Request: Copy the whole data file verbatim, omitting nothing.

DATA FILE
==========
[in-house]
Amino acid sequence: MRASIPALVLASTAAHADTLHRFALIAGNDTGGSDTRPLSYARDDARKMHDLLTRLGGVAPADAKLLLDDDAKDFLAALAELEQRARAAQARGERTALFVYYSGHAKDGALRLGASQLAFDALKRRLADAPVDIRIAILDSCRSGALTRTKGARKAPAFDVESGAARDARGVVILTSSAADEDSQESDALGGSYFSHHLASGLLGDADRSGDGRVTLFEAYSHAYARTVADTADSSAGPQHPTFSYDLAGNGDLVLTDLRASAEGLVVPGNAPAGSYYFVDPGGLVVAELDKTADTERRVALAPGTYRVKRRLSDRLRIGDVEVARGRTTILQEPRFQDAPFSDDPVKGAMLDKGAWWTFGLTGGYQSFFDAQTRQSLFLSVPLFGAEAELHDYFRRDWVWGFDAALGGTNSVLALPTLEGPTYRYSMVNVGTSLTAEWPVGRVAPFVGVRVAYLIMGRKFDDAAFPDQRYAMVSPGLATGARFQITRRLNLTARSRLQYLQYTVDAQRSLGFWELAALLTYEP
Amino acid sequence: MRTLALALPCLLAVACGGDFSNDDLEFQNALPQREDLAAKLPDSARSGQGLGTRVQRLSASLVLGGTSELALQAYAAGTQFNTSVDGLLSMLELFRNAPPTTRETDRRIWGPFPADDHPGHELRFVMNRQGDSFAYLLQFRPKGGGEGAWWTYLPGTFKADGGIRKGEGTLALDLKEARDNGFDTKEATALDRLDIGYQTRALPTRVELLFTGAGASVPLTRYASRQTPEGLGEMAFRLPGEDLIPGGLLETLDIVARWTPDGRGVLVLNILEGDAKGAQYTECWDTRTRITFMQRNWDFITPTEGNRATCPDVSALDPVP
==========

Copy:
[in-house]
Amino acid sequence: MRASIPALVLASTAAHADTLHRFALIAGNDTGGSDTRPLSYARDDARKMHDLLTRLGGVAPADAKLLLDDDAKDFLAALAELEQRARAAQARGERTALFVYYSGHAKDGALRLGASQLAFDALKRRLADAPVDIRIAILDSCRSGALTRTKGARKAPAFDVESGAARDARGVVILTSSAADEDSQESDALGGSYFSHHLASGLLGDADRSGDGRVTLFEAYSHAYARTVADTADSSAGPQHPTFSYDLAGNGDLVLTDLRASAEGLVVPGNAPAGSYYFVDPGGLVVAELDKTADTERRVALAPGTYRVKRRLSDRLRIGDVEVARGRTTILQEPRFQDAPFSDDPVKGAMLDKGAWWTFGLTGGYQSFFDAQTRQSLFLSVPLFGAEAELHDYFRRDWVWGFDAALGGTNSVLALPTLEGPTYRYSMVNVGTSLTAEWPVGRVAPFVGVRVAYLIMGRKFDDAAFPDQRYAMVSPGLATGARFQITRRLNLTARSRLQYLQYTVDAQRSLGFWELAALLTYEP
Amino acid sequence: MRTLALALPCLLAVACGGDFSNDDLEFQNALPQREDLAAKLPDSARSGQGLGTRVQRLSASLVLGGTSELALQAYAAGTQFNTSVDGLLSMLELFRNAPPTTRETDRRIWGPFPADDHPGHELRFVMNRQGDSFAYLLQFRPKGGGEGAWWTYLPGTFKADGGIRKGEGTLALDLKEARDNGFDTKEATALDRLDIGYQTRALPTRVELLFTGAGASVPLTRYASRQTPEGLGEMAFRLPGEDLIPGGLLETLDIVARWTPDGRGVLVLNILEGDAKGAQYTECWDTRTRITFMQRNWDFITPTEGNRATCPDVSALDPVP